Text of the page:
Coach can mix, match for U.S. 400 relay squad

ON THE OLYMPICS

Summer Olympics

September 03, 2000|By Paul McMullen | Paul McMullen,SUN STAFF

There will be approximately 10,000 athletes at the Olympics, and the maneuvering for some of the final berths is getting desperate.

In the United States, the Greco-Roman wrestling team waffled for a month between Matt Lindland and Keith Sieracki at 167 1/2 pounds. They traded protests and injunctions, and on Friday a federal appeals court threw out Sieracki's claim, in effect awarding the berth to Lindland assuming the Supreme Court doesn't step in. In Australia, there is a prolonged fight over the identity of its third female triathlete.

No judge will have a say over the makeup of the U.S. men's 400-meter relay in track and field. There is plenty of intrigue, however, in an event that the Yanks used to own, but lately they've handled like the Boston Red Sox: Something always goes wrong.

The players involve a crusty U.S. coach and America's best sprinters, a group that includes Baltimore's Bernard Williams. A Carver High grad, Williams was seventh in the 100-meter dash at the U.S. trials. The casual fan assumes that the top four finishers from the trials 100 will be on the 400 relay, but there is a long history of American coaches tinkering with the relay lineup.

John Chaplin, the Washington State coach, said he will apply the "Lincoln Rule" to the U.S. men's relay teams.

"When President Lincoln had a Cabinet meeting and the vote was 7-1, the one vote carried it," Chaplin said at the U.S. trials in July. "I'm Mr. Lincoln. In the end, I'll decide it."

Short of benching world-record holder Maurice Greene, Chaplin has precedent to do whatever he wants to restore American dignity to the event, which the U.S. has won just once since 1984.

In 1936, the Americans planned to run Marty Glickman and Sam Stoller, but bowed to Nazi pressure and pulled the two Jewish sprinters. It didn't hurt U.S. chances any that the move opened a spot for Jesse Owens.

Only once since 1968 have the top four men from the U.S. trials 100 combined in the Olympic 400 relay final. In both 1972 and '76, the U.S. used a 200 runner who didn't even run the 100 at the trials. In 1992, Carl Lewis was sixth at the trials 100, but ran in the Olympic 400 relay final.

Enter Williams, the latest addition to the elite corps of sprinters who run under the HSI umbrella, the Los Angeles group which is headed by agent Emanuel Hudson and coach John Smith. When Williams announced his intention to turn pro after the trials 100 and join HSI, he transformed into a more confident, relaxed sprinter.

It is not a stretch to argue that Williams is the heir apparent to Greene, the two-time world champion who last year lowered the world record to 9.79 seconds.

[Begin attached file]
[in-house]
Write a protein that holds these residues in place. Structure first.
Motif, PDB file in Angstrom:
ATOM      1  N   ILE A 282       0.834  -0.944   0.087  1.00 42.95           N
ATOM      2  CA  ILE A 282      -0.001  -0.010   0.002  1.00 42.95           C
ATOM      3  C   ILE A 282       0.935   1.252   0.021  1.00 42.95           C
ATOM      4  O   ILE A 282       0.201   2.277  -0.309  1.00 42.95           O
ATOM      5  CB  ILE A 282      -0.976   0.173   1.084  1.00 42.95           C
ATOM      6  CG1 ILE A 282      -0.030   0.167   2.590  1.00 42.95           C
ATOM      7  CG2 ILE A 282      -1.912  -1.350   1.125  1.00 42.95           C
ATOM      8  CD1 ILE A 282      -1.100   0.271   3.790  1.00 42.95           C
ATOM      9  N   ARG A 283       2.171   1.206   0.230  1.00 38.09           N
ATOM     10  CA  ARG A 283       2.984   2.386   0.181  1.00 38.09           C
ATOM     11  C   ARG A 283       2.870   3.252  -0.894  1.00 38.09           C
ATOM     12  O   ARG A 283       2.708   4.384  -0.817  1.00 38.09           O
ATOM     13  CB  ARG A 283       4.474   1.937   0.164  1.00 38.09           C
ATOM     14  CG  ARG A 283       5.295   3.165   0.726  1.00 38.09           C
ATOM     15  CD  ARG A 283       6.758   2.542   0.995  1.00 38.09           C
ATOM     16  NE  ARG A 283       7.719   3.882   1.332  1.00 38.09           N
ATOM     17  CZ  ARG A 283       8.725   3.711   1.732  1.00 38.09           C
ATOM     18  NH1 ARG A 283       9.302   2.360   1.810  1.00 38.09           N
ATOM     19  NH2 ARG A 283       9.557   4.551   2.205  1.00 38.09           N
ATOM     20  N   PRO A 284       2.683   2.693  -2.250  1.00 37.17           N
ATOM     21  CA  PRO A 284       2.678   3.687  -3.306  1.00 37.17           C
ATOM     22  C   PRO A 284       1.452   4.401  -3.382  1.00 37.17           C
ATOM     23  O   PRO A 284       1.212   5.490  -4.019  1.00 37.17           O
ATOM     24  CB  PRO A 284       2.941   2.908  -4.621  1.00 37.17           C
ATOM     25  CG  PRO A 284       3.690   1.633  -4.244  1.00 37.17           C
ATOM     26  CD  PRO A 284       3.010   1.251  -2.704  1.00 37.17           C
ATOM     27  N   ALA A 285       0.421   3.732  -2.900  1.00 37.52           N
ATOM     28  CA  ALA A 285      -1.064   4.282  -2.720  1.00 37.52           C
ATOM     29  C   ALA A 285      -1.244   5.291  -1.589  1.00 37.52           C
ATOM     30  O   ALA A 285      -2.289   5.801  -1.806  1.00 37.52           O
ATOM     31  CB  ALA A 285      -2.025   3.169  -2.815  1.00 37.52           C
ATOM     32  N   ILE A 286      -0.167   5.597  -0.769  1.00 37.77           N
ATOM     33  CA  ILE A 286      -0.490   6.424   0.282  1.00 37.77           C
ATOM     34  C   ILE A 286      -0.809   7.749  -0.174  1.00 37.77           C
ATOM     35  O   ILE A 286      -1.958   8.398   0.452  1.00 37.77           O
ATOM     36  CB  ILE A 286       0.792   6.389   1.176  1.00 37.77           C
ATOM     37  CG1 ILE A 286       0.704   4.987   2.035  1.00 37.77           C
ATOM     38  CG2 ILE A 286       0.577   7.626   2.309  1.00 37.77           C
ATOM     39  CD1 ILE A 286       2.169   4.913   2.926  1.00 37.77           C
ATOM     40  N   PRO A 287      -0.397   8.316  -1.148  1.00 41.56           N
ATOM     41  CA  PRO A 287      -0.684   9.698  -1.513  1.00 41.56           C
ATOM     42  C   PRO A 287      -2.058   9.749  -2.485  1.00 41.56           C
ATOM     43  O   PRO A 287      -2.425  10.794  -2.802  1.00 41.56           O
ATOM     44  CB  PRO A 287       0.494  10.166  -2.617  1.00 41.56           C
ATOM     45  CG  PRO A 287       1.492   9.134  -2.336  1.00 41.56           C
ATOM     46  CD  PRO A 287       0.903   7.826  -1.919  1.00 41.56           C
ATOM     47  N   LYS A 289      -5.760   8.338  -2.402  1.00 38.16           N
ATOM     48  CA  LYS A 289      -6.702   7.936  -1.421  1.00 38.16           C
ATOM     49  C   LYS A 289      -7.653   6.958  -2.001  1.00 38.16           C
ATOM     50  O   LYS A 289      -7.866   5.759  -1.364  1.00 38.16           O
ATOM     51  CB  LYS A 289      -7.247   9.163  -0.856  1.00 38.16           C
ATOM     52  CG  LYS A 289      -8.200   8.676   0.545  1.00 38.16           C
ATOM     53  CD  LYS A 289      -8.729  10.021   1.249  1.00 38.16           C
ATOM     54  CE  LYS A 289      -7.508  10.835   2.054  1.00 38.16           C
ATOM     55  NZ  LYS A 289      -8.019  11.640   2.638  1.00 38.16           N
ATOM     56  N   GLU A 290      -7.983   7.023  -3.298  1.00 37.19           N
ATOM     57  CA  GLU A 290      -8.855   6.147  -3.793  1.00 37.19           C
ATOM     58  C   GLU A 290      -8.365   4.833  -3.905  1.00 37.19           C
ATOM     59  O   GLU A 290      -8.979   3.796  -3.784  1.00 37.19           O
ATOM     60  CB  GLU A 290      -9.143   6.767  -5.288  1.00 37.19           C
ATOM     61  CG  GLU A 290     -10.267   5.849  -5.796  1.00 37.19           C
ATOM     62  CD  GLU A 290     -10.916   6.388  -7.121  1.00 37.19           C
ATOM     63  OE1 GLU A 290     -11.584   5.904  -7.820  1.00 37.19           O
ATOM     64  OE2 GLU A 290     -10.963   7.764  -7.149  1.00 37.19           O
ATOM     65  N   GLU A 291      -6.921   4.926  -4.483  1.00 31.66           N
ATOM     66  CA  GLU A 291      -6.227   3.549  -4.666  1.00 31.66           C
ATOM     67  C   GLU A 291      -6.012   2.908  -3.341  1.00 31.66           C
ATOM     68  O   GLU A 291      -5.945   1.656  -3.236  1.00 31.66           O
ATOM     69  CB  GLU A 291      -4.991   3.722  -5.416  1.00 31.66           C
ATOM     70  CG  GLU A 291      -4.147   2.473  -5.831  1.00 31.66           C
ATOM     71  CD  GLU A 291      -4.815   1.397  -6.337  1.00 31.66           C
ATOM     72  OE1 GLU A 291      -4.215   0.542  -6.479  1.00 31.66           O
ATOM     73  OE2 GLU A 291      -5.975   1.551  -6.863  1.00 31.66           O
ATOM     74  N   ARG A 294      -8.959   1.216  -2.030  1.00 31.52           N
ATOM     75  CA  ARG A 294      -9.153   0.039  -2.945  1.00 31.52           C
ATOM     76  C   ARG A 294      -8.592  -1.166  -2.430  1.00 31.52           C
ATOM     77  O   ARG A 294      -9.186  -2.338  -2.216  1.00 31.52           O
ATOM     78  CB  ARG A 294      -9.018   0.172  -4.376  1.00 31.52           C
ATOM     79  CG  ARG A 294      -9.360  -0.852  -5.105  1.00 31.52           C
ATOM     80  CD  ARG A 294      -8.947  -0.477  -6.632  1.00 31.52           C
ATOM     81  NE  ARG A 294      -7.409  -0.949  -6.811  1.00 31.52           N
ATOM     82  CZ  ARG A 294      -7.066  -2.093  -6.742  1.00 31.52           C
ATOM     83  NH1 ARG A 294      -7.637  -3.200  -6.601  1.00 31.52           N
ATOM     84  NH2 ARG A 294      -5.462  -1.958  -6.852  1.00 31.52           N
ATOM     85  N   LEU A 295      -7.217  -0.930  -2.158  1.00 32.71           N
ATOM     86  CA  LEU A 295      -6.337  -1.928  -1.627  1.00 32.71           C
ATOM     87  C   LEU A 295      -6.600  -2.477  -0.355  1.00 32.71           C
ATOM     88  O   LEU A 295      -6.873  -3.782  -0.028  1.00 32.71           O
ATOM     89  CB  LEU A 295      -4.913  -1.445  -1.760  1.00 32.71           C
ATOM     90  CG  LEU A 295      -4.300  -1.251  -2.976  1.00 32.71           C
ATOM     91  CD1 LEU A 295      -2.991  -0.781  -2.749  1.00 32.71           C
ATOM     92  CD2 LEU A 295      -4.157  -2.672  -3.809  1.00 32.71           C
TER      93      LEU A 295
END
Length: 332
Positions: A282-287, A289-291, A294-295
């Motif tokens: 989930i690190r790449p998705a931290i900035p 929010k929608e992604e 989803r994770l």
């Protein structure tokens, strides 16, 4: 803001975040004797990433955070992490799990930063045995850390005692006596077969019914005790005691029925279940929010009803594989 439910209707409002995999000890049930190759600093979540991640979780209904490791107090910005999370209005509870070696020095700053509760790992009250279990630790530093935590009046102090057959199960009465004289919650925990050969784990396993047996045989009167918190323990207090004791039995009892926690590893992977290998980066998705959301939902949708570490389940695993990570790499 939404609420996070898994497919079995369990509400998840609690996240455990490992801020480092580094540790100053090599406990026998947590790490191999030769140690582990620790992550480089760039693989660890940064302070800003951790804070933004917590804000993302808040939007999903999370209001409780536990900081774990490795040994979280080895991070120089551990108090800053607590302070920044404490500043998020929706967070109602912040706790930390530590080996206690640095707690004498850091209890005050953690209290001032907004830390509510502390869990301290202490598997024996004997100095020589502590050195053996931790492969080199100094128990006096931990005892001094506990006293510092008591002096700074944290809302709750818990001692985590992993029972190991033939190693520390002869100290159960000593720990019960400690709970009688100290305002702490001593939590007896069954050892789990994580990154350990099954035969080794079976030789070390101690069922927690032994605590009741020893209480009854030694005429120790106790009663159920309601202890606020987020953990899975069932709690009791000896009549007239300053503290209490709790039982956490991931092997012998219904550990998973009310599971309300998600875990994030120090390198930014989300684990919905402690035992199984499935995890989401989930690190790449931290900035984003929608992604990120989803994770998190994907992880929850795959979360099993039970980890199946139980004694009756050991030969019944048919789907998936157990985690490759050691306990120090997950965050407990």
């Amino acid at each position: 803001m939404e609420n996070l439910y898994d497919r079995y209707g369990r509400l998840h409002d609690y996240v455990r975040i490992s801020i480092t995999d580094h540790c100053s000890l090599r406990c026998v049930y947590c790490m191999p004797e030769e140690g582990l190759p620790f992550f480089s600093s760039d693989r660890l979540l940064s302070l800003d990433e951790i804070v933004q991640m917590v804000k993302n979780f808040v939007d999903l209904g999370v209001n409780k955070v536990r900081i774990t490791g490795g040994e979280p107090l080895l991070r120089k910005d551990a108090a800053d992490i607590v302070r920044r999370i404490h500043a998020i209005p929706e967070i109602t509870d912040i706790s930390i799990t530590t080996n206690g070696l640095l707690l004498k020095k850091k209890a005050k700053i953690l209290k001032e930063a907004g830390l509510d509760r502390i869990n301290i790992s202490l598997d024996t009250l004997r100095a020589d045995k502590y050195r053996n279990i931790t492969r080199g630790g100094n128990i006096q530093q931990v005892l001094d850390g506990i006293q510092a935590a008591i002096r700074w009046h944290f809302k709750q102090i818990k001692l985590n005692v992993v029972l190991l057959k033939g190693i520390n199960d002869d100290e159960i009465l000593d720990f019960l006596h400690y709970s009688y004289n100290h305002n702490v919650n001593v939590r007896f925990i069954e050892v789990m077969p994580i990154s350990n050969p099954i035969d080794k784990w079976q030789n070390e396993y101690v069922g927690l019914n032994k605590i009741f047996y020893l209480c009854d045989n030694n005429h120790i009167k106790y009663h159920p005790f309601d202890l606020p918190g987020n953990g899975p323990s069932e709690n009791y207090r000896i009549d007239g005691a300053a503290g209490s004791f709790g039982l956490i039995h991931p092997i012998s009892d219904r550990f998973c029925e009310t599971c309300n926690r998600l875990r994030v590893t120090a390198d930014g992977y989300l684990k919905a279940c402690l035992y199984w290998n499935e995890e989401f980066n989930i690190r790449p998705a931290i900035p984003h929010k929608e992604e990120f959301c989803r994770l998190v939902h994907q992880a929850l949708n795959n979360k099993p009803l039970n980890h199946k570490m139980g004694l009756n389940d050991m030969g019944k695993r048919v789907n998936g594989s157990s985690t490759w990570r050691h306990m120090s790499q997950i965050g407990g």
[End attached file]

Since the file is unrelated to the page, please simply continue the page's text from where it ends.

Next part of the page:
The HSI star took a final Olympic tuneup in 9.86 in Berlin Friday. He'll lead an American 100 contingent Down Under that includes HSI teammates Curtis Johnson and Jon Drummond, who were second and third, respectively, at the U.S. trials. Williams was fourth in Berlin, then joined his three HSI teammates in the 400 relay for the second time last week. Their time in Berlin was 37.65, the sixth-fastest ever and the quickest ever outside the Olympics and world championships.

HSI is a power broker in the sport. The group wanted the world record in the event, and it would love to dominate the Olympic 400 relay.

Chaplin will maintain his independence, and oversee a number of scenarios.

One has Greene sitting out the first round or semifinals, which would allow someone else to run one race and medal. Brian Lewis and Tim Montgomery were fourth and sixth, respectively, at the trials, and teamed with Greene and Drummond at last year's world championships. Johnson's runner-up finish at the trials was something of a fluke, and he could be bumped.

There's also the possibility that Chaplin could look at the steady show put on by HSI last week, and go with that group's foursome.

Williams would be the rookie in any quartet, but the NCAA 100 champ was slick enough with a baton to run the second leg for Florida in the spring.

After the meet in Berlin, Hudson replied to an e-mail with a message that said his only assumption regarding the 400 relay is that "Maurice [Greene] is secure." John Tabor, the Columbia-based coach who has been Williams' mentor, spoke to him before the Berlin meet, and sounded more positive.

"He [Williams] told me he's on the team," Tabor said. "He said he's feels he's got a good shot to run in the final."

Fit Zeiger

Joanna Zeiger headed to Australia last Thursday on a high. The Johns Hopkins School of Public Health doctoral student claimed her first national triathlon title last Sunday.

She was second at the Mrs. T's Triathlon in Chicago, which was designated the national pro championship. Zeiger was only 19 seconds behind Australian Michelle Jones, who is considered the greatest female triathlete ever.

If the Americans have a medal threat in Sydney Harbor, it appears to be Zeiger.

Briefly

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